Back to the Soviet factories. Those user interface panels were excellent for answering the question “does this valve let water into tank Б?”. However theyre extremely bad for addressing “are all water valves closed?” or “where are all the switches I require to get ready for the shift changeover?”.

Feature based organisation is the most typical, maybe even the “default” style approach. Group together all the inputs and outputs for each item function. This COVID-19 ventilator from Cambridge Consultants is a terrific example but we likewise see this a lot in cars, with a cluster of switches for the airflow control and all of the lights on one control stick.

In LEGO we discover the function based organisation in the “Monitor with -19 ° pattern”. Two clear clusters, perhaps one for temperature level control and another for vital signs monitoring. In the 2nd panel listed below, I dont understand what all those switches do, however they seem to be clustered based on their operation, not due to the fact that of what they will operate.

COVID-19 ventilator by Cambridge Consultants with clear feature-based organisation. Source: Cambridge Consultants.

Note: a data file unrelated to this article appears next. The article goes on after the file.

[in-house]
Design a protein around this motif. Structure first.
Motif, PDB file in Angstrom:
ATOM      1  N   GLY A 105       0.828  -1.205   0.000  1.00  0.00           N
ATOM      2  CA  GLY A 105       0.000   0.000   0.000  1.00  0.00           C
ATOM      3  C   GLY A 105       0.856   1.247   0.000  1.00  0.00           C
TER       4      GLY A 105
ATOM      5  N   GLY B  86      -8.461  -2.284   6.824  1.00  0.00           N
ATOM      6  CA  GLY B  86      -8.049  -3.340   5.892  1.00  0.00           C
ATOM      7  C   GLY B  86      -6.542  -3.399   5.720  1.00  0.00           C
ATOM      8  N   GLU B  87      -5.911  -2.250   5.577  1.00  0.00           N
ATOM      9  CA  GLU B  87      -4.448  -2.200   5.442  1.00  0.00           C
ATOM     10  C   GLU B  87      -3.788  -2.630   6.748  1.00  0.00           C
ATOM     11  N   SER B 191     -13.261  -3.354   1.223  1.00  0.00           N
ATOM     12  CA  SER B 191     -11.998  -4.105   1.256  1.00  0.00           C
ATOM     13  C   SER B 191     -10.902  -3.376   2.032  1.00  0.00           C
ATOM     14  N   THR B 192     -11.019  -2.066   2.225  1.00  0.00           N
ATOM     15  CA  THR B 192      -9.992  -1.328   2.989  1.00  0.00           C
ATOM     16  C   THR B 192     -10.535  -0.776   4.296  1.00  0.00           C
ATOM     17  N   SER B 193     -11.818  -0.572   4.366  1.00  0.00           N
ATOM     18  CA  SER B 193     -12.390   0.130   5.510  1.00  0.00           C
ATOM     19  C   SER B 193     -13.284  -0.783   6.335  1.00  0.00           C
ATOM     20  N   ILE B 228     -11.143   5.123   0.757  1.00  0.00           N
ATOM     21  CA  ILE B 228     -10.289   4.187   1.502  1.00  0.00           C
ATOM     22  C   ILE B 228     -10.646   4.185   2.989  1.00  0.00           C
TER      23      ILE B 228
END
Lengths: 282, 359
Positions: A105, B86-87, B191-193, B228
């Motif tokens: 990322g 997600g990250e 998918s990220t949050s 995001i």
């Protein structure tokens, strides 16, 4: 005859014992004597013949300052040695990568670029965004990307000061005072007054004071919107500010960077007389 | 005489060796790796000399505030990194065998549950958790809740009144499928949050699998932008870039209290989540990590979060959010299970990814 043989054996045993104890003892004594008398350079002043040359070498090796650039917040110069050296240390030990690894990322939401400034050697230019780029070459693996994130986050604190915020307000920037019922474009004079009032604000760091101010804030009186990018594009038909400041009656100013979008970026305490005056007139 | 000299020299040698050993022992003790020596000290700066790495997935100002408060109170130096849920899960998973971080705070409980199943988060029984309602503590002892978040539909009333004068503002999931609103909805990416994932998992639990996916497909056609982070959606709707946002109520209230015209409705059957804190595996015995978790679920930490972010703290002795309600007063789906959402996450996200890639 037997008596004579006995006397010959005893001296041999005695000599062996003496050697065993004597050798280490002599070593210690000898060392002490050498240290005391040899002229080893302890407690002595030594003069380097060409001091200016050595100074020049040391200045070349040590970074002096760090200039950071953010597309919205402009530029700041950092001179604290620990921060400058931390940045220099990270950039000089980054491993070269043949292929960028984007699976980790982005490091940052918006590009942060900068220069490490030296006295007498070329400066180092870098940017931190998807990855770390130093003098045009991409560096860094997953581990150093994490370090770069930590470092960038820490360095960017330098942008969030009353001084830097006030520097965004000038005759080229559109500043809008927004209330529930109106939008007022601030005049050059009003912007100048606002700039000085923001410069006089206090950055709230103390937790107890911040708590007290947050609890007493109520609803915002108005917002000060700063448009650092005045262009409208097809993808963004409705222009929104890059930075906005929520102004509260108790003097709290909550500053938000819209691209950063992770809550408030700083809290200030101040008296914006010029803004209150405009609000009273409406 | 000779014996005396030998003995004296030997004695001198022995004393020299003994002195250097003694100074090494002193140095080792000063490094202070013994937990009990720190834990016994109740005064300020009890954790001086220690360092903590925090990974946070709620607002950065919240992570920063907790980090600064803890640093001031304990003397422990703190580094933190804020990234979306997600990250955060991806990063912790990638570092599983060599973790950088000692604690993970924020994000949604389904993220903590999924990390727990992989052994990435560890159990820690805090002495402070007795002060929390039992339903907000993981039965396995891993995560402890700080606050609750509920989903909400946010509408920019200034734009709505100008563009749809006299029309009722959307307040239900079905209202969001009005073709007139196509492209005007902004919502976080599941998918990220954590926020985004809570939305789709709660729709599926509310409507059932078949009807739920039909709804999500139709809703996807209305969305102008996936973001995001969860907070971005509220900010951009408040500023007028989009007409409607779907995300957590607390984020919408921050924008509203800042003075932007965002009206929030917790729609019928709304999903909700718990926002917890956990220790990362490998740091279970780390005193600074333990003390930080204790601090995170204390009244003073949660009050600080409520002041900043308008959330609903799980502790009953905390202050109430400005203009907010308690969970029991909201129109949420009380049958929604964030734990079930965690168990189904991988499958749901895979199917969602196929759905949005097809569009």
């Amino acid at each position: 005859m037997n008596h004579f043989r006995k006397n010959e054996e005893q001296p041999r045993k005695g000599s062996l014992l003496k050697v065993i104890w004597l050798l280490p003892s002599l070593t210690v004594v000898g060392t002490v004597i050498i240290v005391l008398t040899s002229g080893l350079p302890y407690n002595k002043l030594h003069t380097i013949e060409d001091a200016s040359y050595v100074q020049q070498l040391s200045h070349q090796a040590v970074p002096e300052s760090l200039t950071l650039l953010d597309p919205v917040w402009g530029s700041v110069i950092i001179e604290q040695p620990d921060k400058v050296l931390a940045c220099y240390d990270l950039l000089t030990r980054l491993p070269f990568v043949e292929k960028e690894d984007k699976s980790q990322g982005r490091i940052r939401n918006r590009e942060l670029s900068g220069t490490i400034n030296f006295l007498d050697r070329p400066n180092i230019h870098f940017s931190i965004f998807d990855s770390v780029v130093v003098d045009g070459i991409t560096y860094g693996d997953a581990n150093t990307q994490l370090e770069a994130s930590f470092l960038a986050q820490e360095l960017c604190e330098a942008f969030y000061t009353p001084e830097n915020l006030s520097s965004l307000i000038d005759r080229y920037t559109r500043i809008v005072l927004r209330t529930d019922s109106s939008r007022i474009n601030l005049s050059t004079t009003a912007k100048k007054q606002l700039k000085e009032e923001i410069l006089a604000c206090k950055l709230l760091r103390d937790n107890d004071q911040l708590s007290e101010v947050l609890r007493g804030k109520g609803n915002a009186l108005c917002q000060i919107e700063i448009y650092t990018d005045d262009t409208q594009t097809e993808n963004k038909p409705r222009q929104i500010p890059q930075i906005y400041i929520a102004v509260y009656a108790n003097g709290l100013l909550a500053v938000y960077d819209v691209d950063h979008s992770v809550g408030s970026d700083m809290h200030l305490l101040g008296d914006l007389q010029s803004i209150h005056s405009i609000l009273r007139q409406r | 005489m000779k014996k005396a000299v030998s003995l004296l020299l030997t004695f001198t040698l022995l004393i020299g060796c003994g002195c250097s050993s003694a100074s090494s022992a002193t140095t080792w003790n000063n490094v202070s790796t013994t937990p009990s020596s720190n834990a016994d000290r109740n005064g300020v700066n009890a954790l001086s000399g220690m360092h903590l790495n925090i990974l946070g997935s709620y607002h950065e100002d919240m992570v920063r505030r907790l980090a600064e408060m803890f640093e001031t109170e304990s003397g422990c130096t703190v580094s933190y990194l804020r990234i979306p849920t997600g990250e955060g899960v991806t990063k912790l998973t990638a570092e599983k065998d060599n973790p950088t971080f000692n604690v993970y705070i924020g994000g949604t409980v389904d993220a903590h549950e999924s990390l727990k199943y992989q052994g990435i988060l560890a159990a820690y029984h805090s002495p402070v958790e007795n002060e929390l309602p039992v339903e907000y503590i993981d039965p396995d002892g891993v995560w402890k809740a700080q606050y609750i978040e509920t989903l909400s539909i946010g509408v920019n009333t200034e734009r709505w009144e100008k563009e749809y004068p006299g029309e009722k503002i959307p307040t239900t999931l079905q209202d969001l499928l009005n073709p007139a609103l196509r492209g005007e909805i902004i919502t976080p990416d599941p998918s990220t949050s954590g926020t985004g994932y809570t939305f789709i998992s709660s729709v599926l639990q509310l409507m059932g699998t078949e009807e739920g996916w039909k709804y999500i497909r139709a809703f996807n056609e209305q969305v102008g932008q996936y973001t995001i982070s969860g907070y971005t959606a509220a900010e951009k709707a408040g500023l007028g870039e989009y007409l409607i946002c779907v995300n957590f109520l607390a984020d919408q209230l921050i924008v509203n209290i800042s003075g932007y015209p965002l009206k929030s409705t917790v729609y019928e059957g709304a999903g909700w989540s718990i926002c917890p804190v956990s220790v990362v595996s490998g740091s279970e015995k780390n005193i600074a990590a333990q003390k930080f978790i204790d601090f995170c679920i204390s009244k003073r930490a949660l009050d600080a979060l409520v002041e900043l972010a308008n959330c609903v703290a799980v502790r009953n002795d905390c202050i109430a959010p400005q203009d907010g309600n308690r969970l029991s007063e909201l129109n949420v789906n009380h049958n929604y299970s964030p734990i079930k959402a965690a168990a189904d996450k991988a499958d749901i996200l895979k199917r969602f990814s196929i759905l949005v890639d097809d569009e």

LEGO Insectoid and UFO interfaces. I question what these buttons actually do?

Lego automobile control panel: dispersed (left) vs. consolidated (best).

Easy. But how are you going to choose which inputs to cluster together?

Think of showing up for work each day at the LEGO body scanner factory. Grouping the switches by task (prepare device, load body, procedure scan …) would imply splitting up the radiation and scanner buttons into many various regions.

However George, which is the very best user interface?

I often state theres no such thing as the very best user interface, but there are plenty of examples of the worst user interface.

Beautiful interface panels.

At a glance, the variety of these designs can be frustrating, but its clear that some of these user interfaces look far more disorderly than others. Many interfaces in our world consist of a blend of digital screens and analog inputs like switches and dials. It was the psychologist Alphonsis Chapanis who first recommended that the high rate of crash landings might be the fault of poor user interface design. These panels are what I d called a combined interface. Those interface panels were excellent for responding to the question “does this valve let water into tank Б?”.

Nevertheless I do have 3 favourites. Gorgeous, visual layouts with clearly differentiated inputs and simple, clean organisation. I d be happy to sit behind the console of any of them.

Leave a Reply

Your email address will not be published.